Ripoffs: Another good story

So, friend of mine (non-handy) gets a call from New Pro windows. She's interested in replacing a picture window with a bay, so she agrees to have the guy some out and do an estimate.
He arrives, before he's done he's decided that she should do a small casement "garden bay" to replace the kitchen window too. Total price for the job ? $13K. But, after he gives her the 15% for this month, and the "put the sign on your lawn" discount, and this discount, and one for that too, he's down to $6700. What a deal, $13k of work for $6700. :-)
Fortunately she's smart enough to know a rip off. What amazes me is that these guys stay in business.
Bob
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On Mon, 21 Jul 2003 12:57:51 GMT, 'nuther Bob

You gave us no details about the construction...not even any sizes.
Which part do you consider the rip-off?
Depending on facts that we don't have, this may not be a bad deal. We certainly can't make a judgment with what you gave us.
Unconventional salesmanship doesn't necessarily relate to a rip off. I've often been given more for my used car than what I paid for it originally! But I bought the new car anyway. lol
Have a nice week...
Trent
Follow Joan Rivers' example --- get pre-embalmed!
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No you didn't get more for your car than it was worth. What you got was a discount on the MSRP of the new car, part or all of which was represented as being for your trade in. A very common practice--often you can get the same price and still keep your used car. You would have gotten a better deal not including the trade-in during the negotiation, then when you have gotten your best price from the dealer you offer the car for its wholesale value. Or make a little more by selling it yourself.
Regards,
John
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The point I was trying to make is...
Its not all that important is they give you a 15% monthly discount...and a sign on the front lawn discount...and a first name starting with the letter J discount...and a 'we'll pay the sales tax' discount. These are often salesmanship tactics...but doesn't necessarily make for a bad contractor.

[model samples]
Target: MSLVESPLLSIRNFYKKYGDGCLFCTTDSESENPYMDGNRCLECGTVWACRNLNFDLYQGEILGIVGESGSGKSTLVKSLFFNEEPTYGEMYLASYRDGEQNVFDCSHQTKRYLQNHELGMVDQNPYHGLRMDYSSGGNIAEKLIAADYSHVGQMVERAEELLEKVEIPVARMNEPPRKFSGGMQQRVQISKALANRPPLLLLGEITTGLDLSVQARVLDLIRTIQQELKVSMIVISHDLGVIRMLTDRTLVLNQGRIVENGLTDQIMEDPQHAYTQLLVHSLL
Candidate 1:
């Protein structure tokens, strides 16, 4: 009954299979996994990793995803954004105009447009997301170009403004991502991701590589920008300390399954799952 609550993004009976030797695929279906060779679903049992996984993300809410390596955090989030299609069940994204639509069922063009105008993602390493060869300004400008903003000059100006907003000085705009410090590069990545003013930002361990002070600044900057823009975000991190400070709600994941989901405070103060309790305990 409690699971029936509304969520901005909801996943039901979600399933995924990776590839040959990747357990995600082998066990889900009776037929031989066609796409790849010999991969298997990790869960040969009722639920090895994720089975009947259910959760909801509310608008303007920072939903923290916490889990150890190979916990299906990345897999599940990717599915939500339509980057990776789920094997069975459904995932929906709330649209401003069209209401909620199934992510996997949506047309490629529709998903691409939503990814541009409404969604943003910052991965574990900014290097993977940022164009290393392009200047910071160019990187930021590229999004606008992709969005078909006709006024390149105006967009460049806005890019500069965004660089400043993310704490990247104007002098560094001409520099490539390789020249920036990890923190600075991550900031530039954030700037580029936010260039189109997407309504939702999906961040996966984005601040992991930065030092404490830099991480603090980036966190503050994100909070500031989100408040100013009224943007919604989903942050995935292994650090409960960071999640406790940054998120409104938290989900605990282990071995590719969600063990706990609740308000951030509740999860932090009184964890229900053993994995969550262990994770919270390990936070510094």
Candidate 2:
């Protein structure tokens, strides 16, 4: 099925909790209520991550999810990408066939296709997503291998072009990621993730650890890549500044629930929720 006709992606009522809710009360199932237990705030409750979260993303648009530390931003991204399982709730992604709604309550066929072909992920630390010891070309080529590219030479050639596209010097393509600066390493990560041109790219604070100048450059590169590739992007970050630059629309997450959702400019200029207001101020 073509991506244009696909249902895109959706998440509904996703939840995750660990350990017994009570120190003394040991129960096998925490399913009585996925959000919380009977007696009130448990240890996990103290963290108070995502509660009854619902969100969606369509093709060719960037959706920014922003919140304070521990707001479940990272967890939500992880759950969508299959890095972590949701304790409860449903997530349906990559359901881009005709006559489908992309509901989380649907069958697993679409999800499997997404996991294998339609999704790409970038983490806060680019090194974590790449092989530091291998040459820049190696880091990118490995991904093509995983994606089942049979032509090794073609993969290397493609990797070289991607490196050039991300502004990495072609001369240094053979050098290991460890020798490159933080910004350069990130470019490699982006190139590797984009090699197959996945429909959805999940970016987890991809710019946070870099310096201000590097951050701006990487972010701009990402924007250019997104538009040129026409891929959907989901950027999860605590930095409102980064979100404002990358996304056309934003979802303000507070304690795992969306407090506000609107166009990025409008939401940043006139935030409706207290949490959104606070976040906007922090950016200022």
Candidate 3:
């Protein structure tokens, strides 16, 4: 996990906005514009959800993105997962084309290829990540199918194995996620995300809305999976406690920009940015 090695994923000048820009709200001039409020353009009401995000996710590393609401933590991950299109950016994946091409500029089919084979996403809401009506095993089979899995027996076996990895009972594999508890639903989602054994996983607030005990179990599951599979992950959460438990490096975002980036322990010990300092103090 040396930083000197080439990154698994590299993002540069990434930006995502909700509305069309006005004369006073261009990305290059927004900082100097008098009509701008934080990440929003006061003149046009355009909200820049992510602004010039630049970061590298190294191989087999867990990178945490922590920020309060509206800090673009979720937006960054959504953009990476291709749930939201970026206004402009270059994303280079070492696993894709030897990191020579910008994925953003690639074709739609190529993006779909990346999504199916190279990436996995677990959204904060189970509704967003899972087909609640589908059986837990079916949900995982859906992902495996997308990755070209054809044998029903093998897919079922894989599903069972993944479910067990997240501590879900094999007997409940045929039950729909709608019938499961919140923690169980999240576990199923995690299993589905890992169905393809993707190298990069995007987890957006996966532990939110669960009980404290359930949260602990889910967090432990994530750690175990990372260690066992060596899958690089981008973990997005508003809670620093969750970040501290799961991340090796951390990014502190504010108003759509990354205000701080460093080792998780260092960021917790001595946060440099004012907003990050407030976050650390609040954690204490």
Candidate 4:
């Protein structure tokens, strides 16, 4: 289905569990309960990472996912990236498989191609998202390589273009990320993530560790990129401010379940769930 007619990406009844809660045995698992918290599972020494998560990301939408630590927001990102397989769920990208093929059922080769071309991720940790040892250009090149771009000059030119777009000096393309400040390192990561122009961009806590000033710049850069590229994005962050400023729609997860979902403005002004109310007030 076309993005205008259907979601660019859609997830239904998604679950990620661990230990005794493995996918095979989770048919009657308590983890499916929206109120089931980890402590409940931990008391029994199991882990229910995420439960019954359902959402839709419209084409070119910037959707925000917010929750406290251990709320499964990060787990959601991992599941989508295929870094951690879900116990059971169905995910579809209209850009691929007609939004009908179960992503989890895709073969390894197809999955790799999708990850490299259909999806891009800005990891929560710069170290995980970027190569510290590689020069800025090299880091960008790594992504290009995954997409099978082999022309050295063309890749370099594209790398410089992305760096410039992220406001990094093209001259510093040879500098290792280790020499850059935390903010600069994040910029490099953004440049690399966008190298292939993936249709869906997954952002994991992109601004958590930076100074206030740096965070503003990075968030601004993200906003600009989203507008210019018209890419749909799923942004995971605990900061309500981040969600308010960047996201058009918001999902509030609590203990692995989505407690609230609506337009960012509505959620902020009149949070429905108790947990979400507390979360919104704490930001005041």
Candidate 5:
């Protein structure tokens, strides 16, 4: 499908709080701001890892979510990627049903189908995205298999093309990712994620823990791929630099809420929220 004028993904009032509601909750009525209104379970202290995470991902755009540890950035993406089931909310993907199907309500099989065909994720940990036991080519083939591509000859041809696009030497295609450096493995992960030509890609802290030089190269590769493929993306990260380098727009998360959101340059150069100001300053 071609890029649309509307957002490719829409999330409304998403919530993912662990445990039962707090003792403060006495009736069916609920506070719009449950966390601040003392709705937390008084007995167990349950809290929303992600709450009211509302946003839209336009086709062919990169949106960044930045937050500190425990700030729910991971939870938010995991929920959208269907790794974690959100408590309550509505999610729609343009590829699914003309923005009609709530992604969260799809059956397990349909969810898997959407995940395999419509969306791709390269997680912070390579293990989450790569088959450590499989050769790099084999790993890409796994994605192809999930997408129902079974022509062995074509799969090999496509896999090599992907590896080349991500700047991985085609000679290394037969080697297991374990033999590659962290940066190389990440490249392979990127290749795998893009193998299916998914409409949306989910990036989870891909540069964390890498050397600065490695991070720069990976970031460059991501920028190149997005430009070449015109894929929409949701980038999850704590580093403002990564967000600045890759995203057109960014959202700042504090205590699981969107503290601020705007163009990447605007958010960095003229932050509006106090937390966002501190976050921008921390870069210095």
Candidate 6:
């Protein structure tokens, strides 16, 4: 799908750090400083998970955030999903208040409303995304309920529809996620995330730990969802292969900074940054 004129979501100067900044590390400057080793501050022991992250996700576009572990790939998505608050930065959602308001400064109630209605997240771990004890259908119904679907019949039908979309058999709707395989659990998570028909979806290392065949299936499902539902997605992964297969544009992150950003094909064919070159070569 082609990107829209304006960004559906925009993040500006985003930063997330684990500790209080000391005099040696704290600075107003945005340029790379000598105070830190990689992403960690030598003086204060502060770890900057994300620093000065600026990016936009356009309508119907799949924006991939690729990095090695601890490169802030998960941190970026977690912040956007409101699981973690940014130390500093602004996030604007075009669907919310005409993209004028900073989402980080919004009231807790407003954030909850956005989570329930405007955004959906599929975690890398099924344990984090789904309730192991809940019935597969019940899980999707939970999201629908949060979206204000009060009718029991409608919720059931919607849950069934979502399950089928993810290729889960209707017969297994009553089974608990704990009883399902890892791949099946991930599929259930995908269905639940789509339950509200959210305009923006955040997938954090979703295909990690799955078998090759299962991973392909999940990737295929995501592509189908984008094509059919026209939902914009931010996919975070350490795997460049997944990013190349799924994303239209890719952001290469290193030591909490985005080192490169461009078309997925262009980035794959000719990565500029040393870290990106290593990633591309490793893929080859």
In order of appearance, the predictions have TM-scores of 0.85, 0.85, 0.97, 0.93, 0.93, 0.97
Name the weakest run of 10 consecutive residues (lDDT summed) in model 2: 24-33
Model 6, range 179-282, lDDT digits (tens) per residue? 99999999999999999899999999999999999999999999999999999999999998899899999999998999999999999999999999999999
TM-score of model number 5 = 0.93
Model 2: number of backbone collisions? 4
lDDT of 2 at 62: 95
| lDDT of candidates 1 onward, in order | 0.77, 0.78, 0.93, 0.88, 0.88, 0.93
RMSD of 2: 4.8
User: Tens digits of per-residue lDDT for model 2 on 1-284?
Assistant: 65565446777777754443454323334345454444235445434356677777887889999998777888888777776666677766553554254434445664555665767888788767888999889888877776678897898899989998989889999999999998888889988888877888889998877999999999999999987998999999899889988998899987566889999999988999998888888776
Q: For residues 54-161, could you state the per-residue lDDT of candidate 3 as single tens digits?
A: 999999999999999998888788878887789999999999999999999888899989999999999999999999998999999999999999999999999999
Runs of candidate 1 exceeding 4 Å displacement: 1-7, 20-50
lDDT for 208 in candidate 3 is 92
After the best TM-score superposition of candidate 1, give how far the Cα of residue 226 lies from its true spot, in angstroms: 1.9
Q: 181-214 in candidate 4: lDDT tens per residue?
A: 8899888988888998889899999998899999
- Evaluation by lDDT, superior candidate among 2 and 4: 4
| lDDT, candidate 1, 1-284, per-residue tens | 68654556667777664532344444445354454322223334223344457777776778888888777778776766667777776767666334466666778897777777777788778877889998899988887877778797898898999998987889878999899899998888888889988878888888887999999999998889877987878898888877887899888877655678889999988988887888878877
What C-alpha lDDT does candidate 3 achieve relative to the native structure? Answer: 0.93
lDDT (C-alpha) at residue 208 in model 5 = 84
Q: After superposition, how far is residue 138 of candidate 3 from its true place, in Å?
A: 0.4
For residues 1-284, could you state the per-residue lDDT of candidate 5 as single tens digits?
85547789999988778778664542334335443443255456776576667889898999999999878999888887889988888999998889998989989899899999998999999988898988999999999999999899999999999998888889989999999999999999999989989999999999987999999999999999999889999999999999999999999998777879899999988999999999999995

I *KNEW* what my used car was worth...and didn't care. All I cared about is what the new car cost me.
Have a nice week...
Trent
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snipped-for-privacy@undisclosed.com ('nuther Bob) writes:

Bay windows are very expensive, as your friend discovered. She would get by much cheaper to just do a small glazed addition using conventional windows. With a built in window seat, it would look pretty much like a bay window and only cost half as much.
Was there some reason she wanted to go with a casement hung garden window rather than a conventional (and inexpensive) fixed pane with small sliders?
--
http://home.teleport.com/~larryc

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How did you get this contractor's name? Out of the yellow pages? The best way to get a good contractor is to ask your satisfied friends and colleagues. Works for me almost every time; I just had my roof done by a guy who did a colleague's roof, and he did a great job tearing off 3 old roofs and putting on an entirely new 22-square roof with new 1/2" sheathing, ice/water shield, felt, 50-year shingles, and proper flashing throughout. The cuts are perfectly straight, and the roof is truly beautiful. Again, word of mouth is best, and I am taking my own advice again right now to hire a tile guy to clean up and regrout my 1940s tile and marble shower.
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